Intended for healthcare professionals

Observations Yankee Doodling

HPV vaccine: effective but underused in the US

BMJ 2016; 353 doi: (Published 14 April 2016) Cite this as: BMJ 2016;353:i2060
  1. Douglas Kamerow, senior scholar, Robert Graham Center for policy studies in primary care, Washington, DC, professor of family medicine, Georgetown University, and associate editor, The BMJ
  1. dkamerow{at}

Doctors’ policies can allow for sexual anxiety in parents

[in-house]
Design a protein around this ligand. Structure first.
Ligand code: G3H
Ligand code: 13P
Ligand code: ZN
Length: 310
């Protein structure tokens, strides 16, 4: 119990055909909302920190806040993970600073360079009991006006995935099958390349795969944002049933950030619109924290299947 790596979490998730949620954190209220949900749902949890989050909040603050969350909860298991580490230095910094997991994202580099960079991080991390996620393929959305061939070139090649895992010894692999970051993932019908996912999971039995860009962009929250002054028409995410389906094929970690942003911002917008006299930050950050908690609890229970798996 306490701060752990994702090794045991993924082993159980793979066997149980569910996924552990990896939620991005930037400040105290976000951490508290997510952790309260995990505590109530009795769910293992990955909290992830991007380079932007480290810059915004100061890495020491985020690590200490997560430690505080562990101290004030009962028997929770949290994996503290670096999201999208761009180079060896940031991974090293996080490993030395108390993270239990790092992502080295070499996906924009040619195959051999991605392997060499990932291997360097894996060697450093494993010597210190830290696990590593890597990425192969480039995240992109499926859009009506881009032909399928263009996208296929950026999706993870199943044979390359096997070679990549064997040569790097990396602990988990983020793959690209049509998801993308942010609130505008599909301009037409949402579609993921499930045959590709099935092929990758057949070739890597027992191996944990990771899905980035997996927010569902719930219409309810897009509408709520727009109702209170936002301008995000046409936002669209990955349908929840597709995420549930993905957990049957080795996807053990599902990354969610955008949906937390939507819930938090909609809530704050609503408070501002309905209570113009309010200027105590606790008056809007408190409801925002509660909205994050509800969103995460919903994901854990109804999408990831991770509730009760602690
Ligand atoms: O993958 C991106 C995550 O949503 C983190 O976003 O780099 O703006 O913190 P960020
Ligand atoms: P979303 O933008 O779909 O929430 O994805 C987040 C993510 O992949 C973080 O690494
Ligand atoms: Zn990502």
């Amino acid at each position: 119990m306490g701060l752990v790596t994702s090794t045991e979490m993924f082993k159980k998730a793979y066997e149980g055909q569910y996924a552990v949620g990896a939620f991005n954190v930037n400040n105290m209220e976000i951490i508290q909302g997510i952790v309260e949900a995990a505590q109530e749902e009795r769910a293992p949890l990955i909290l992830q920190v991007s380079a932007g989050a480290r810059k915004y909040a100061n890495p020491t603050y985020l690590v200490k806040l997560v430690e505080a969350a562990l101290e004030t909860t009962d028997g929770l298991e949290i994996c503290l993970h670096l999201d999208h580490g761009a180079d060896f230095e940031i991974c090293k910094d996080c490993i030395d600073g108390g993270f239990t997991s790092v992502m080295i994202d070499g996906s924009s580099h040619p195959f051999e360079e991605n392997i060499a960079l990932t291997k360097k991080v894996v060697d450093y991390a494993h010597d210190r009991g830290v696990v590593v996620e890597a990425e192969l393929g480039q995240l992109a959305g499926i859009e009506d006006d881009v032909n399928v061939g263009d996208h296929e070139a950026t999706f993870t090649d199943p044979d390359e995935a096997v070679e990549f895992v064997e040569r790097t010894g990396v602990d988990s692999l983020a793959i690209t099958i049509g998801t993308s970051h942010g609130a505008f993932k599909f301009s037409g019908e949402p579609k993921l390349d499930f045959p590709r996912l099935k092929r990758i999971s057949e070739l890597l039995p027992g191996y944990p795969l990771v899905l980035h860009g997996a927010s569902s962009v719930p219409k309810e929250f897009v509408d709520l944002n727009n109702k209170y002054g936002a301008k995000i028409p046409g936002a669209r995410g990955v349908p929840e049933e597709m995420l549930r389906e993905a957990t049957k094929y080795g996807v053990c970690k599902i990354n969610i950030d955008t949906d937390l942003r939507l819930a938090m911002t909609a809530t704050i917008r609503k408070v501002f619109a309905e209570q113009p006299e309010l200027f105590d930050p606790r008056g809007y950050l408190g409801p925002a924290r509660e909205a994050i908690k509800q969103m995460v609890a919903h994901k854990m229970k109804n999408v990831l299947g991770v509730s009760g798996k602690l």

In most young women and men the human papillomavirus (HPV) is an innocuous sexually transmitted infection, asymptomatic, and eventually cleared without consequences. In some people, however, HPV infection becomes chronic and leads to cancer (mainly cervical, but also anal, penile, oral, and throat cancers) or genital warts. The HPV types 16 and 18 together cause 70% of cervical cancers.

Vaccines to prevent HPV were licensed in the United States and recommended for all adolescent girls in 2006. Recommendations to vaccinate boys started in 2011. The good news, recently confirmed in a US study of females aged 14-34, is that HPV vaccine can prevent HPV infection1; the bad news is that we’re not doing a good job of getting the vaccine into our …

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